More Black Lives Matter events happening in Nova Scotia
Rallies and marches in Truro, Amherst and Kentville on Saturday
More Black Lives Matter events are being held across Nova Scotia this weekend.
There are marches and gatherings organized in Truro, Amherst and Kentville on Saturday. The aim of these events is to remember lives lost to police brutality around the world.
"I'm just trying to get this rally and this movement going so that people can understand what us as Black men and women have to go through when it comes to the police," said Amanda Green, a co-organizer of the Black Lives Matter event in Truro.
"We shouldn't have to tell our children and our family members, 'OK now, if an officer pulls you over, you have to keep your hands out of your pockets and don't move.' Just the risk of getting shot because of the colour of our skin, it's scary."
Green said she's been on the receiving end of racism in Truro and has witnessed racism toward others. She and co-organizer Audriana Smith, hope the event on Saturday will lead to lasting change.
"There's definitely a need to spotlight our Black voices in this community. Too often they get pushed off to the side," said Smith. "We thought it was important not only for elders in our community, but the youth in our community to hear Black voices talking about the issues they face every day."
The Truro event started with a march from the TAAC campgrounds at 1:30 p.m. and ended at Civic Square. There were guest speakers and performances.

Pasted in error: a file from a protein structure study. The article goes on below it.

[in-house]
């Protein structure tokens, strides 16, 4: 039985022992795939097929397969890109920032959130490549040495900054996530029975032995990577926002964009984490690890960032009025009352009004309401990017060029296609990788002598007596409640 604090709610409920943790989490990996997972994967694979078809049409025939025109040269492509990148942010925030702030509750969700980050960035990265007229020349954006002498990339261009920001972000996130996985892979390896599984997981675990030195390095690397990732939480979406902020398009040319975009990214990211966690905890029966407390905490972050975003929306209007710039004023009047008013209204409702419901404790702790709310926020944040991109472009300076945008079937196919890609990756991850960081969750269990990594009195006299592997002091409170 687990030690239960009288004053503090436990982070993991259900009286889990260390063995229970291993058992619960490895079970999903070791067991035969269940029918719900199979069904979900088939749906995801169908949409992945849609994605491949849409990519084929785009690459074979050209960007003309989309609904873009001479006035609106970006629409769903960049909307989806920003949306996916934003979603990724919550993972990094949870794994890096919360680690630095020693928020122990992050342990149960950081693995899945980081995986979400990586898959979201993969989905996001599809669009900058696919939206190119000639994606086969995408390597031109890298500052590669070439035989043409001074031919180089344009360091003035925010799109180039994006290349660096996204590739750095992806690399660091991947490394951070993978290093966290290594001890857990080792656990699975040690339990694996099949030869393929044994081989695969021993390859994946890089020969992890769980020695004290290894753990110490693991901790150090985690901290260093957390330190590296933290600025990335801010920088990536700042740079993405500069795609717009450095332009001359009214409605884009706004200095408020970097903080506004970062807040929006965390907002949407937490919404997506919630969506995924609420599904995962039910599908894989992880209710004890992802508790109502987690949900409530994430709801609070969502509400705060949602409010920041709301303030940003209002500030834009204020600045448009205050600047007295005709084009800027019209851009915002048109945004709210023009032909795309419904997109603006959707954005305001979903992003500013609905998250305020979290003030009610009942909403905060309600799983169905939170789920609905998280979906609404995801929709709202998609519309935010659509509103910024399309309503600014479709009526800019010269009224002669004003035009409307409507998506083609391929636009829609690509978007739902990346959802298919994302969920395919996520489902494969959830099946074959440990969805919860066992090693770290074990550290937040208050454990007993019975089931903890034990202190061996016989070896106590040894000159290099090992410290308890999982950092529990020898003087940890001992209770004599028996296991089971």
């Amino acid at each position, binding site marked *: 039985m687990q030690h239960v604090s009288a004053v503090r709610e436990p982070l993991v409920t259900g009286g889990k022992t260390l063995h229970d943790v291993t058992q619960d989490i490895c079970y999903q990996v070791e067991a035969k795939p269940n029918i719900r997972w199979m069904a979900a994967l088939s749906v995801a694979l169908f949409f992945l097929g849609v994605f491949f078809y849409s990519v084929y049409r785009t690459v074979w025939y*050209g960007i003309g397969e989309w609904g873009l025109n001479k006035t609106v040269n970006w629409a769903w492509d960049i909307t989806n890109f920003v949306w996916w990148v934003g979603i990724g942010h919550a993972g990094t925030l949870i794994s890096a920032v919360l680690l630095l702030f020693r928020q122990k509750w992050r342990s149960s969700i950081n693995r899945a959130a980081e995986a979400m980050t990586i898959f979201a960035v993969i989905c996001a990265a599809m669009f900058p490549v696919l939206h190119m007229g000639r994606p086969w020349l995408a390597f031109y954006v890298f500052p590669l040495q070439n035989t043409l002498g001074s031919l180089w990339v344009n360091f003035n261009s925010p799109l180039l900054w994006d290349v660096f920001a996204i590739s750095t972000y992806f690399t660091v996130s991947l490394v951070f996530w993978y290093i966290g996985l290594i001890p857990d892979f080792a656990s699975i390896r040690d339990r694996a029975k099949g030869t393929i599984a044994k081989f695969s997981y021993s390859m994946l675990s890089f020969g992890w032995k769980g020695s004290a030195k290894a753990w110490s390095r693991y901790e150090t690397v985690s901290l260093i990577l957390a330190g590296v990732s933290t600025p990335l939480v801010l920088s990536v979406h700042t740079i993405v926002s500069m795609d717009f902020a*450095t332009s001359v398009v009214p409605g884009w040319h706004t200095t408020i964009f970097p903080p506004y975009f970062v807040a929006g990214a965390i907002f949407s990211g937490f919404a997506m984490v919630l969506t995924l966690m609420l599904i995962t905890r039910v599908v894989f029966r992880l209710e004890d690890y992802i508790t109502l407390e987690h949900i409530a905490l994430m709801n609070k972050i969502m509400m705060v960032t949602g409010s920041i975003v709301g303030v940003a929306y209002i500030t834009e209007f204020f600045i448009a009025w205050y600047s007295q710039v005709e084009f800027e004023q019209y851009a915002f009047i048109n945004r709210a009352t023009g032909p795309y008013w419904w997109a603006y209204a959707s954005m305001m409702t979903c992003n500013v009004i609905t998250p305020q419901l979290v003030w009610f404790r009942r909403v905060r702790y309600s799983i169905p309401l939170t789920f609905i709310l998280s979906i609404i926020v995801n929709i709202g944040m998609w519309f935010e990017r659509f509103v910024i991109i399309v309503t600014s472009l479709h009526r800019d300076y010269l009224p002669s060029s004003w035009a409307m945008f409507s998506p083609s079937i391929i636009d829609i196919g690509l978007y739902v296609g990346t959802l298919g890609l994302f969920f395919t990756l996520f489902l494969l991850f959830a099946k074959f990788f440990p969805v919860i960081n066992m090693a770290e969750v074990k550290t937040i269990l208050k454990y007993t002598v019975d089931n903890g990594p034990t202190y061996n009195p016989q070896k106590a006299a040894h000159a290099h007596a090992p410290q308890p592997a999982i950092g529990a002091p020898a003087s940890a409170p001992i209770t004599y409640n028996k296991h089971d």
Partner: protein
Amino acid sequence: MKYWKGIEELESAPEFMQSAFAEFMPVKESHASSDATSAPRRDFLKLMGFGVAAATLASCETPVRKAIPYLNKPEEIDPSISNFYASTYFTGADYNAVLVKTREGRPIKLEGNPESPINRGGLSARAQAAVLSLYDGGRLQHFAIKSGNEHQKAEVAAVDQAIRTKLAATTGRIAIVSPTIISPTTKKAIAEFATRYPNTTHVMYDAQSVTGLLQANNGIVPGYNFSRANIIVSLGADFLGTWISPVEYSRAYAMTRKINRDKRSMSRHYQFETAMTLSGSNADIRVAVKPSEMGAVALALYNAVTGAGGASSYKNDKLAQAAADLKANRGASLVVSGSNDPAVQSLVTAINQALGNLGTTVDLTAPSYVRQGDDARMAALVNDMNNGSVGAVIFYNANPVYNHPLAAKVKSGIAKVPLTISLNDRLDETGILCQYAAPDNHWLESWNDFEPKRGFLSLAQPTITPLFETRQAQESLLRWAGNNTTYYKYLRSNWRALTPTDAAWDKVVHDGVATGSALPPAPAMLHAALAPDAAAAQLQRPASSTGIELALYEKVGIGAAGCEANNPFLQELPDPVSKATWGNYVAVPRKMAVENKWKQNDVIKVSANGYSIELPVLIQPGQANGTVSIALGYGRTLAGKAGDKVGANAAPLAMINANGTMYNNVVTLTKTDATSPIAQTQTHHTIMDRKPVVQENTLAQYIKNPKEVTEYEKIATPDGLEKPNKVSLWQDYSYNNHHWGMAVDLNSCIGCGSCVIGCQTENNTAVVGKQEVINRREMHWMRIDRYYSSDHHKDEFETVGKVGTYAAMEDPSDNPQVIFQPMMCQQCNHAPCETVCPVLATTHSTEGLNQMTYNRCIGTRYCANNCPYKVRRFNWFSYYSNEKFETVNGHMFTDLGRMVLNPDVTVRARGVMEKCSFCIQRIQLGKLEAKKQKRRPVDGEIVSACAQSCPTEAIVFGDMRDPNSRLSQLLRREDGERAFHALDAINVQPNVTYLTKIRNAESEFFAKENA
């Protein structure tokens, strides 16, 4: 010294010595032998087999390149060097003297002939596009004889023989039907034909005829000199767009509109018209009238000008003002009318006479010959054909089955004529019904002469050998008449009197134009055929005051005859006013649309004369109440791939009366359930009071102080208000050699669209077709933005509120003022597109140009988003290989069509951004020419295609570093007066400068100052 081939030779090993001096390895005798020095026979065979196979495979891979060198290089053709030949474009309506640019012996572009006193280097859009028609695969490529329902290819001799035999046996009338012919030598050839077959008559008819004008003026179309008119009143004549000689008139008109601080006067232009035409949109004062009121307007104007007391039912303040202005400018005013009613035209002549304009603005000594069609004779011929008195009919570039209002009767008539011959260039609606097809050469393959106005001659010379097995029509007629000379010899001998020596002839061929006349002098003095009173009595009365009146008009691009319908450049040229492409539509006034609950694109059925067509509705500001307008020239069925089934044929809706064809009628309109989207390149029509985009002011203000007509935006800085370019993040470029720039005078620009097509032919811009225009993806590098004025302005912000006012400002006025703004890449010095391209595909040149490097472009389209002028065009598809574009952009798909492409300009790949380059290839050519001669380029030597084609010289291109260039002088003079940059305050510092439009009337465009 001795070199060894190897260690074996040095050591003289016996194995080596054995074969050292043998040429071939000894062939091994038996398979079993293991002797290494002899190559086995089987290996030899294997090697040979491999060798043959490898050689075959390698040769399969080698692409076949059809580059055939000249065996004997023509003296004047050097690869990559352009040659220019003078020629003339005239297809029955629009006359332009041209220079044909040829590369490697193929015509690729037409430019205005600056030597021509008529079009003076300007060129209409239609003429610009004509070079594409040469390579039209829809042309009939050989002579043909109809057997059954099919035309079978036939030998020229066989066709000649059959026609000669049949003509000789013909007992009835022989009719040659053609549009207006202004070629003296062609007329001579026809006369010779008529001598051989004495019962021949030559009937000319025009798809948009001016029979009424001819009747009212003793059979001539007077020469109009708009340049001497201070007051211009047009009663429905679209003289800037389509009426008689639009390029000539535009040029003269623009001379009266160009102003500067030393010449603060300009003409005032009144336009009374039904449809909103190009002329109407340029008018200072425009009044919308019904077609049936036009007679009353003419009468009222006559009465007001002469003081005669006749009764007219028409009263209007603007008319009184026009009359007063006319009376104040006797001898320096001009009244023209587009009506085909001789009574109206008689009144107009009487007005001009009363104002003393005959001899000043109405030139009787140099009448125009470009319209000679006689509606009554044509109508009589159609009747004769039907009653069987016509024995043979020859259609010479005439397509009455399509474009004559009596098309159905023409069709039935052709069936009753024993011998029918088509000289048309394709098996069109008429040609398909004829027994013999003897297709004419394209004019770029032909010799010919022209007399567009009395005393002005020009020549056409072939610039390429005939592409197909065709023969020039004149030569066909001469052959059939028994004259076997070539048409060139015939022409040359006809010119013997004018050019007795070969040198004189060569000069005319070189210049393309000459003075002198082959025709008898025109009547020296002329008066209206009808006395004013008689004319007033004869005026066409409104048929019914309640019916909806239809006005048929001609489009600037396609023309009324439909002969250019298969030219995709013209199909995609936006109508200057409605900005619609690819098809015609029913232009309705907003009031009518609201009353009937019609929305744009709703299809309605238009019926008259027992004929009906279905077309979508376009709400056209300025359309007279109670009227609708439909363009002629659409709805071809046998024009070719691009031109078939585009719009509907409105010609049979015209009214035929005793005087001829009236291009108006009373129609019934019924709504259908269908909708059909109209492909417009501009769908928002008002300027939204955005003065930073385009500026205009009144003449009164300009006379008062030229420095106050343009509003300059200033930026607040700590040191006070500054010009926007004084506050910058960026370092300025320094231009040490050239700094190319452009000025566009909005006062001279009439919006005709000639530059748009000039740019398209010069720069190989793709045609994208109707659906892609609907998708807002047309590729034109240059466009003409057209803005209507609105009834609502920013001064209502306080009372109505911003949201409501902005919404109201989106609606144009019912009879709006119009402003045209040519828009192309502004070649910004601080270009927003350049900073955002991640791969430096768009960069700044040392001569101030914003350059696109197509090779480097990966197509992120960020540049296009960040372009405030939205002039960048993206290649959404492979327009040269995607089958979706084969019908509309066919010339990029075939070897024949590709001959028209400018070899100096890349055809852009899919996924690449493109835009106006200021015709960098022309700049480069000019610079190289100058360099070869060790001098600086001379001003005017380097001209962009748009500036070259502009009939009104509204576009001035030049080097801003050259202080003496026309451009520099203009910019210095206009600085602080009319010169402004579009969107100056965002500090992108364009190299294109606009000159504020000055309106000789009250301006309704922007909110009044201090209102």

Both Smith and Green encouraged people to wear non-medical masks and to follow public health physical distancing guidelines because of COVID-19, and for people to stay home if they're not feeling well.
Meghan Purdy has planned a Black Lives Matter Walk for Justice in Kentville for Saturday night.
'Racism is getting so out of hand'
It starts at 7:45 p.m. at Centre Square. It will begin with speeches by the mayor, chief of police and Black people from the area.
After that, people will walk to the ball park where people will kneel for eight minutes in silence in memory of George Floyd, an African American man who died in late May after a police officer knelt on his neck for about the same amount of time.
"I just felt that somebody had to do something. This racism is getting so out of hand in our world today, it's just so important," Purdy said.
"It doesn't matter what colour you are, you have to put your voice forward to let everybody else know that it's not OK to be racist against Blacks, it's not OK to hurt people at all."
Physical distancing and masks are mandatory for the event in Kentville, Purdy said.
Kentvile Mayor Sandra Snow said she plans to keep her speech short "because mine is not the voice we should be hearing." She said the town is going to commit to making a difference.
"We need folks in our community to stand up and be change agents and sometimes we just need to listen," Snow said.
For those who cannot make it in person, it will be live-streamed on the All Things Annapolis Valley Facebook group.
The Amherst Police Department posted there would be a Black Lives Matter event held in the town on Saturday, but in a Facebook post clarified that they were not the organizers of the event.
"We understand and support the right to protest and the peaceful freedom of expression. We support the show of solidarity against racism and injustice and our wish to is to promote communication, understanding, healing, trust and partnership in our community," the police department said in a Facebook post.
Police said the event is being planned by members of the community and said organizers reached out to them to address traffic concerns and ensure safety. CBC News has been unable to reach the organizers of the Amherst event.
Hundreds of people gathered in Halifax on Friday for a Black Lives Matter candlelight vigil that ended with a peaceful march to Halifax Regional Police. Around the same number of people turned out to a similar event held in Sydney on Wednesday.